When I asked Kelly Morris how long he and his brother, Patrick, have been in a band, he replied, “Since birth.” I noted no irony in his answer…understandably, since there are stories of the two boys, diaper-clad, atop a toy box, using cooking utensils and vacuum cleaner parts as instruments for their precocious performances.
The Morris brothers officially began their musical career with a public presentation of their talents at Cardinal Newman High School, at a talent show, no less. Kelly was a freshman and Pat was still in middle school. Penning a song the night before that they called “Shake,” The Mobros were on their way.
Their first bassist was their Drama teacher…seriously. The three wound up playing music before and after their classes. Patrick Boos not only shared their Trinidadian heritage, but also their love of the music indigenous to the West Indies. Although this trio seemed like destiny, Boos’ time as a member of the band was short-lived; he and his wife were having their first baby and priorities prevented his commitment to The Mobros. So, in stepped Zack (Zee?) Slaughter; a talented jazz musician, he remains their bassist while also attending school in Purchase, New York.
Their Calypso-infused upbringing was a jumping off point for both excavation and influences. They reached back into the past and began to connect these artists with those that they influenced…The Gipsy Kings, Harry Belafonte, and Buena Vista Social Club, to name a few. The two brothers draw from an abundance of cultural ingredients that produced Calypso and layer these with other influences to yield results that, on the surface, seem dissimilar, even mutually exclusive, but ultimately swirl together in an evocative mixture. Listen to their “My Baby Walked Out” for such a concoction; elements of rockabilly, Brazilian Baion and Samba, along with a heady dose of blues-tinged vocals blend together infectiously.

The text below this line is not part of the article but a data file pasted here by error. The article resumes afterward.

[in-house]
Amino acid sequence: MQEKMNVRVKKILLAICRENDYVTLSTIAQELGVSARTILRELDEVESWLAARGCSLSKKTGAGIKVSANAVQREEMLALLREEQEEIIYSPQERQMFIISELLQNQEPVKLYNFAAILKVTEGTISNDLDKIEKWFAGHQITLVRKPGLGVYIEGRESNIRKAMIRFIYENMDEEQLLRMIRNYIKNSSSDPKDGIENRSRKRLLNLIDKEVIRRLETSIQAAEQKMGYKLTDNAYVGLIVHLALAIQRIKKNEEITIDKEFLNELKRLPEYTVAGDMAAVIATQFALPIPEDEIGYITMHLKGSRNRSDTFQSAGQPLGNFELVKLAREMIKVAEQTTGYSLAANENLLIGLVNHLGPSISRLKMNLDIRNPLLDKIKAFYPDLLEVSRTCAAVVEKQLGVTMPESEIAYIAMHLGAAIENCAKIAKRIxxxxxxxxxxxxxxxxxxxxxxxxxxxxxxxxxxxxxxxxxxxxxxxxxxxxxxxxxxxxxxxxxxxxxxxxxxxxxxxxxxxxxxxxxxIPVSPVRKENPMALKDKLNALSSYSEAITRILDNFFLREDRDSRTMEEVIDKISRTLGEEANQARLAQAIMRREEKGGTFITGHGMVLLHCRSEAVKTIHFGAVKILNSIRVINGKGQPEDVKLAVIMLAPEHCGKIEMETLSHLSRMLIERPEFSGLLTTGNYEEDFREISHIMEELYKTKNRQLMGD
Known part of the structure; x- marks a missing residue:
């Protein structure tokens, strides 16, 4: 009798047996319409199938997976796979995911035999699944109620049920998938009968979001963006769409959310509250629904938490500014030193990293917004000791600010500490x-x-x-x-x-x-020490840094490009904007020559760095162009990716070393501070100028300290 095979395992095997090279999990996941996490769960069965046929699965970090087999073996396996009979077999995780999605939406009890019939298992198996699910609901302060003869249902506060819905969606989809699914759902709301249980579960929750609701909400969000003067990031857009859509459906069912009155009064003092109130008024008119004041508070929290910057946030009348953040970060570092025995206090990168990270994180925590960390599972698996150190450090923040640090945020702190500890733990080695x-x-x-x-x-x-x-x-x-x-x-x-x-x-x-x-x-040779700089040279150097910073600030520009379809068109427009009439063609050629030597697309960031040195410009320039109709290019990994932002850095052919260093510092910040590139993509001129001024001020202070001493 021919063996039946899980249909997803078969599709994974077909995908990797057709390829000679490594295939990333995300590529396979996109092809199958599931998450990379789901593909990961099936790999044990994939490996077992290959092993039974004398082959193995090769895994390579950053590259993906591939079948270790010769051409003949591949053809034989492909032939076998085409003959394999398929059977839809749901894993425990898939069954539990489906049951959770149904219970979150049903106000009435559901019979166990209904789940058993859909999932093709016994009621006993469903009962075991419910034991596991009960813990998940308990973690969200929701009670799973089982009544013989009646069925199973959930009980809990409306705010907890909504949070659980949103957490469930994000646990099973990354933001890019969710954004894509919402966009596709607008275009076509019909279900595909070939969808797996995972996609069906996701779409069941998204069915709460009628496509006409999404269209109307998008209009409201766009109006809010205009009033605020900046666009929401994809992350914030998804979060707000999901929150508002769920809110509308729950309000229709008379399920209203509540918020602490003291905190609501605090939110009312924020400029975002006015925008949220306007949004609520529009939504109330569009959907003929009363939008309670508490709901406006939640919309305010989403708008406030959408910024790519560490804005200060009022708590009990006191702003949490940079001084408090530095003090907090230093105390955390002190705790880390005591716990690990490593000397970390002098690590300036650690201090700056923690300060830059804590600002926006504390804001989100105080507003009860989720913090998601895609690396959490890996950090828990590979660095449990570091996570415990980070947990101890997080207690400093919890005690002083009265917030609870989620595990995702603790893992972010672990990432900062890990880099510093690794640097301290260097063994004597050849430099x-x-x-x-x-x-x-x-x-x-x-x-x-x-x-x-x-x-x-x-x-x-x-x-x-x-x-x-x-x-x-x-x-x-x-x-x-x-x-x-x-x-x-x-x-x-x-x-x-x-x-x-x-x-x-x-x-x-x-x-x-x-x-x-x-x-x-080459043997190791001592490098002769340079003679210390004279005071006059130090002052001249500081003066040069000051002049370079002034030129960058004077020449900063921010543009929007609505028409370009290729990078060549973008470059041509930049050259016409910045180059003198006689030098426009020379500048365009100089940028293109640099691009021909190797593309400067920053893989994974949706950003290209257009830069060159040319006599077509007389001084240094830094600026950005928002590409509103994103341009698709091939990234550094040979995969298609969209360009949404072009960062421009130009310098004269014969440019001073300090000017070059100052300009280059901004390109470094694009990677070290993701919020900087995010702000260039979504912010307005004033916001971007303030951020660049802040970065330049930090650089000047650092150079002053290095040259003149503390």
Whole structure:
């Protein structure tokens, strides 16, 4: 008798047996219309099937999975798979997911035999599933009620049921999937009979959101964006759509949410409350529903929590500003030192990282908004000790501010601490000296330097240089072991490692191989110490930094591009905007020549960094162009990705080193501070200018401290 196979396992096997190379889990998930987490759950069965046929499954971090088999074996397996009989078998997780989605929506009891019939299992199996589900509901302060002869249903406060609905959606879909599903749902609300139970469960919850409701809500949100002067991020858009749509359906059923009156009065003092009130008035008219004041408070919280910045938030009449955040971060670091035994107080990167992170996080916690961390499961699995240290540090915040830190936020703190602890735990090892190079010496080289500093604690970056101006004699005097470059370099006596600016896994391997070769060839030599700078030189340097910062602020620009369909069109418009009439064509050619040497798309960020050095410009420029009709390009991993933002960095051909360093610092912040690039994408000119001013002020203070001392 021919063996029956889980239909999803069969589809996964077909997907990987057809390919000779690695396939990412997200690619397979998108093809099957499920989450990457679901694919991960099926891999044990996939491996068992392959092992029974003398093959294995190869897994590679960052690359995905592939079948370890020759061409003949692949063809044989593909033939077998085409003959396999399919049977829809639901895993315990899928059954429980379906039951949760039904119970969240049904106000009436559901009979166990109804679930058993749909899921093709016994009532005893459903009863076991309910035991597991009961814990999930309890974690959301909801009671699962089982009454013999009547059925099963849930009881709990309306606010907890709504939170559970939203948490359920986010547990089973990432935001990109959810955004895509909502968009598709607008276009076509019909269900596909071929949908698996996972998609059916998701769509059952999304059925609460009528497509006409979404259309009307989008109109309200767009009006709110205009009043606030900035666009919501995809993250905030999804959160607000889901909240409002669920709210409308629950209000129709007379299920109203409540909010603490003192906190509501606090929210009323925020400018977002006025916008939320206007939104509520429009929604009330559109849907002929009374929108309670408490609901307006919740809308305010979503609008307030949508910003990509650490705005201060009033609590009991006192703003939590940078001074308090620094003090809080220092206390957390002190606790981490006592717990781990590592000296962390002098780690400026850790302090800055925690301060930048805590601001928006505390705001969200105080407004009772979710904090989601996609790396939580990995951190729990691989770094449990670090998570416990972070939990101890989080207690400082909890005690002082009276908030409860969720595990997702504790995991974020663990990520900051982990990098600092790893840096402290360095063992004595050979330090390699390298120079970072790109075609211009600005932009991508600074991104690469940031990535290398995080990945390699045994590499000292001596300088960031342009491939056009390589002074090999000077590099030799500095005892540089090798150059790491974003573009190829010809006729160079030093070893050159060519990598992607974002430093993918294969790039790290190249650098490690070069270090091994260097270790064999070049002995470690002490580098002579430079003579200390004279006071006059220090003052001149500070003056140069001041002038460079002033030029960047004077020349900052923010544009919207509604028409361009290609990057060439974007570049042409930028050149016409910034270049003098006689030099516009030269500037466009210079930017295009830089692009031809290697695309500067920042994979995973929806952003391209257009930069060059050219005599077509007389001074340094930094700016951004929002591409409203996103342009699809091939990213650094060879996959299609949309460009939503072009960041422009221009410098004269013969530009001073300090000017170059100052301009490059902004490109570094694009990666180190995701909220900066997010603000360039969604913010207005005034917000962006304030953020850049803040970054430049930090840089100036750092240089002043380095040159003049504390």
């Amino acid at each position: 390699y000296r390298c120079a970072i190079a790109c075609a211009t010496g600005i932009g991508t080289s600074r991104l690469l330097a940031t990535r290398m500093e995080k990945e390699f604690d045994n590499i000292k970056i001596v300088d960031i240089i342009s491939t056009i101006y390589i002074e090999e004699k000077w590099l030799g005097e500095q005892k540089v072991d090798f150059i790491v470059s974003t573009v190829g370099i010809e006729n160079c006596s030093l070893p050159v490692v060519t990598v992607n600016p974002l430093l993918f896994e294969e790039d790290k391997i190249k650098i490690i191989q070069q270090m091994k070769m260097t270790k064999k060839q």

How does their music fit into the local music scene? “There’s a music scene here?” jokes Kelly. He bemoans the usual hallmarks of indifference among Columbia’s population, citing poor attendance and recognition for several local acts that are topnotch head-turners whenever they play out of town. “Columbia, SC is definitely not Austin, TX, and it doesn’t seem to be headed in that direction any time soon,” he adds with a grin. “But, whatever we are doing, it seems to be fine with everyone, so I guess, in a way, we fit.”
Patrick and Kelly want to reinvent what Otis Redding, Sam Cooke, and Wilson Pickett were doing in the 60s. Trying to distill and dispense the “soul groove” that this triumvirate concocted is akin to a calling for them. Reconnecting with the rich past of these giants, not just to stand on their shoulders, but to also channel their spirit in a fresh, new way, is their mission.
“Things are going very well and very quickly for us here, and we are thankful for that,” he says (sincerely). “Though, as a musician in Columbia, you can only do so much with your music. I don’t think there is much we can do here besides film and record more material. It’s great to play the venues around town, but we are focused on recording as much as possible. Honestly, Columbia is an odd place to be a musician.”
The brothers have an uncle in St. Lucia who also happens to be the Arch Bishop there. On a recent visit, they filmed a video for a new song, “Our Lady of Guadalupe,” and got to perform for audiences of children, nuns, and the elderly. “I have never seen people come alive and be so thankful for the music we played them, “ Kelly recalls. “The fact that we were simply playing to play and not for profit, for people who love to listen, was a special occurrence for us.”